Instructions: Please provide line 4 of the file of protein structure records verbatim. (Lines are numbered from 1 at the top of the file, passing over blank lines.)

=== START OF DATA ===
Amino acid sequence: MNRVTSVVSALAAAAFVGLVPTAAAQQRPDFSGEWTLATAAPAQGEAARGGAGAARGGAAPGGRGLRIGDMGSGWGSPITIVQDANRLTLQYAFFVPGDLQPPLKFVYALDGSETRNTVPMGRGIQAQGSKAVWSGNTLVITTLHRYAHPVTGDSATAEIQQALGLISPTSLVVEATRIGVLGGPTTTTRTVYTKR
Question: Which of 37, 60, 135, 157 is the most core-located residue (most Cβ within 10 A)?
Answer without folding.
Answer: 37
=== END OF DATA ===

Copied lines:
Answer: 37